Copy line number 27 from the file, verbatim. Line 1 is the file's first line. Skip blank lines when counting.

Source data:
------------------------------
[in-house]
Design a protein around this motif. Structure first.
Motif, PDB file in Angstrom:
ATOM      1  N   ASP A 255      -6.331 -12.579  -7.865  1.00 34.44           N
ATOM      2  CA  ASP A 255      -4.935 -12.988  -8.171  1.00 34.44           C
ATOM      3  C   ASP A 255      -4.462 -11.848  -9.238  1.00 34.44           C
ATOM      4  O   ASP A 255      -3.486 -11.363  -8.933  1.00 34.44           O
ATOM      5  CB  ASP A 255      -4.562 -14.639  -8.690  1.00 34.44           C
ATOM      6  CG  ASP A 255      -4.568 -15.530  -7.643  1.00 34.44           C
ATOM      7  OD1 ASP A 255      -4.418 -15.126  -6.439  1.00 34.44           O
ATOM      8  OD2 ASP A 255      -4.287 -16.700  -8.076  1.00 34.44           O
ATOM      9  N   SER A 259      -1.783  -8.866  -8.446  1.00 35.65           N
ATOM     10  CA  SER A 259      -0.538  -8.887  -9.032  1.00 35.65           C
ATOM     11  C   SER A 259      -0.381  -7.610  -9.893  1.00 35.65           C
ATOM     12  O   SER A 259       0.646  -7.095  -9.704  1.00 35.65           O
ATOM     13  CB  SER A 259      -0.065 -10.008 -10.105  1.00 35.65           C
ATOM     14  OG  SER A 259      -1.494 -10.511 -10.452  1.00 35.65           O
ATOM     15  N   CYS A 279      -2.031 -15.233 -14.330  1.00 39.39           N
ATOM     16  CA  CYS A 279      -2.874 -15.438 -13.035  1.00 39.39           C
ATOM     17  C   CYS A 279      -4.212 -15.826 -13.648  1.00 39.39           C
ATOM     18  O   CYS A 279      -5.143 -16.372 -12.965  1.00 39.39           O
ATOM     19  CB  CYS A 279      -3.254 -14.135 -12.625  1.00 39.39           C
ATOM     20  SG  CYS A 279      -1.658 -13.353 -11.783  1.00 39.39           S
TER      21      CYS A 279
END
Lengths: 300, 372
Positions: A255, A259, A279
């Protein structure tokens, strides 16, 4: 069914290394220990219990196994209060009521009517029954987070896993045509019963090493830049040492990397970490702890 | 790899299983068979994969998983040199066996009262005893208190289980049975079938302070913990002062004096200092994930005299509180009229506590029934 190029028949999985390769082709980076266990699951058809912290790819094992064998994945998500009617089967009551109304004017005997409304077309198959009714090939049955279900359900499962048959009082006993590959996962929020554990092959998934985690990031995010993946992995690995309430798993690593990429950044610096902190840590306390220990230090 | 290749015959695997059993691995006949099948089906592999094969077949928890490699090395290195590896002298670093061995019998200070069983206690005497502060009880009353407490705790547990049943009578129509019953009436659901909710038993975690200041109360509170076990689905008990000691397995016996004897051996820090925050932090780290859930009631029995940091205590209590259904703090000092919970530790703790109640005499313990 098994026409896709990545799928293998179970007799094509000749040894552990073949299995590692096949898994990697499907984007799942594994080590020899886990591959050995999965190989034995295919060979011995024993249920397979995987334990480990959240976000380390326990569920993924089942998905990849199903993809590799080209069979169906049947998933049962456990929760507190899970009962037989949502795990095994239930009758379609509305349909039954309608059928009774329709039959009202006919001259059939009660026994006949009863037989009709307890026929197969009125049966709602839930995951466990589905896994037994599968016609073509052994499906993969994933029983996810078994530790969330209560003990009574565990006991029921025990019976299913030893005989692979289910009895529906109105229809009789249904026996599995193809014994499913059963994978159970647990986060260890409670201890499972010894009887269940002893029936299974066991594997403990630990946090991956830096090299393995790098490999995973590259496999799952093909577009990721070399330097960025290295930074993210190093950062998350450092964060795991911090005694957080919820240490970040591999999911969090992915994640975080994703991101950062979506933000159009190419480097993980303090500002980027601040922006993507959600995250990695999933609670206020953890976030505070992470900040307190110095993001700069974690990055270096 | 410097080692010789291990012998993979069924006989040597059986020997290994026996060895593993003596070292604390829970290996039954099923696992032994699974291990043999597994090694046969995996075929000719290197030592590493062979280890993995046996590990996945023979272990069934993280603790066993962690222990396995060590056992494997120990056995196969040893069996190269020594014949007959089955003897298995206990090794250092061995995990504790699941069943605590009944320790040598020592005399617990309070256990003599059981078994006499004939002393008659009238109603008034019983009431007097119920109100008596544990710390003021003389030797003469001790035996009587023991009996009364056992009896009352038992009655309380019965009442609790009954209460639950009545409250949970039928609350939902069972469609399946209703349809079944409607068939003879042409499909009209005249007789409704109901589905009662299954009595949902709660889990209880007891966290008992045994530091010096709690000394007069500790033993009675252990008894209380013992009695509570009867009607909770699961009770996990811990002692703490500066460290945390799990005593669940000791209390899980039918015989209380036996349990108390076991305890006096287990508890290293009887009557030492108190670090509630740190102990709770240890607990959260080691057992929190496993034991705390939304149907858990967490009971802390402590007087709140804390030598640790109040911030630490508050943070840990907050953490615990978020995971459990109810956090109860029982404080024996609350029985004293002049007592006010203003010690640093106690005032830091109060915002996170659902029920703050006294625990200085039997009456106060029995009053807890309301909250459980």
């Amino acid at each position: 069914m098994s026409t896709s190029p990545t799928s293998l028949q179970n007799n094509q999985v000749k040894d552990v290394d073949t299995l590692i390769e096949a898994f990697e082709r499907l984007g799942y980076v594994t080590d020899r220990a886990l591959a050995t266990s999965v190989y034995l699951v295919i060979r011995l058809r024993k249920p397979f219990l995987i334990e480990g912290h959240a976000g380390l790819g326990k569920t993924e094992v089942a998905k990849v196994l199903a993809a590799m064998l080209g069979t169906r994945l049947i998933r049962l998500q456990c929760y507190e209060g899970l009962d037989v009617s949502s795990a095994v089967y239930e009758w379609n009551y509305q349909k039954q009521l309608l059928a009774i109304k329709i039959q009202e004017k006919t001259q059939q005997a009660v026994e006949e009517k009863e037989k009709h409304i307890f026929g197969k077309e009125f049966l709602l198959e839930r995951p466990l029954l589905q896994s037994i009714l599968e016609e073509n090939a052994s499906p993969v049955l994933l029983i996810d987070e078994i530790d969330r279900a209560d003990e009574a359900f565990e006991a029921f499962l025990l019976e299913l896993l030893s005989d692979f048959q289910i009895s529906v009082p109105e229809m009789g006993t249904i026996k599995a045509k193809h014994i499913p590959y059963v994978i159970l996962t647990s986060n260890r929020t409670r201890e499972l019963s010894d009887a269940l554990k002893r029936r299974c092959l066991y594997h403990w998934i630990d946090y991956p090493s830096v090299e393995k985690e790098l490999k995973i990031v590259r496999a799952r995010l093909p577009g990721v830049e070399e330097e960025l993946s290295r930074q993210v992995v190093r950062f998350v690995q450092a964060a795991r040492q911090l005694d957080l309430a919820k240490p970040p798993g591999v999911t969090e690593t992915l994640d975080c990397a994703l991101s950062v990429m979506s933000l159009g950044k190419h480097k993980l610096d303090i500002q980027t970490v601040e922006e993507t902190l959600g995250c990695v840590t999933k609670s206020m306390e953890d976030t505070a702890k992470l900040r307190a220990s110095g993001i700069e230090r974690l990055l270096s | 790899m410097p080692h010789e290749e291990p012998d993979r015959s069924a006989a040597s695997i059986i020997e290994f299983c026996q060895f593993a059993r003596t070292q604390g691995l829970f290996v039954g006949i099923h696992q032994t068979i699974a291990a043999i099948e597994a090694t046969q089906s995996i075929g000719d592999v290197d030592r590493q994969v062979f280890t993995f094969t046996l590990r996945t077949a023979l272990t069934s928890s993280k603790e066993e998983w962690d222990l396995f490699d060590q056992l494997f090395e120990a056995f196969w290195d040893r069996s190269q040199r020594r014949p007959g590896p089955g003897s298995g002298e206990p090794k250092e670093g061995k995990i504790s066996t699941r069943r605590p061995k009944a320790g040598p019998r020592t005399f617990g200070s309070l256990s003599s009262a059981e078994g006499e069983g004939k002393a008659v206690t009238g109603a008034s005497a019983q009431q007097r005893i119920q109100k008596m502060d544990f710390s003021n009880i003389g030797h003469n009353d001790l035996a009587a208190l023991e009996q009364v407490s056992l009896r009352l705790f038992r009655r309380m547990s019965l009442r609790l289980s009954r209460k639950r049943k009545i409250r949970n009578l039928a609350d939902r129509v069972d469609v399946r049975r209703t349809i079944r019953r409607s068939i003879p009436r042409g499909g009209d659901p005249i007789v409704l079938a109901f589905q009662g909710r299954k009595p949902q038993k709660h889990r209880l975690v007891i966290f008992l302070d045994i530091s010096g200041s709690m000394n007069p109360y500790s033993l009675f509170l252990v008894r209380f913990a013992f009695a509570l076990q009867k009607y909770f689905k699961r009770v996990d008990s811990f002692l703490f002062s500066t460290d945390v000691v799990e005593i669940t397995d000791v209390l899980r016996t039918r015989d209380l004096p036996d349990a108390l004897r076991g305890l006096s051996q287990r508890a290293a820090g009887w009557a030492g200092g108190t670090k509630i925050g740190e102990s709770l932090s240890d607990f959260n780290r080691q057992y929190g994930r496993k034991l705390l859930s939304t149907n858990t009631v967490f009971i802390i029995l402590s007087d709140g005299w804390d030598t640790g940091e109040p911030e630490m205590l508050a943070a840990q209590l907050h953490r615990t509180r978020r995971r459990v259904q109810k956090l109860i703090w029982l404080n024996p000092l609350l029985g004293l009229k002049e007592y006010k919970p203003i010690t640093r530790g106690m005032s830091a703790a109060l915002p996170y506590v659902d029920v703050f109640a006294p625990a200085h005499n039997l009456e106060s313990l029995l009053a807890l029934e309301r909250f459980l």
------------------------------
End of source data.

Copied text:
Positions: A255, A259, A279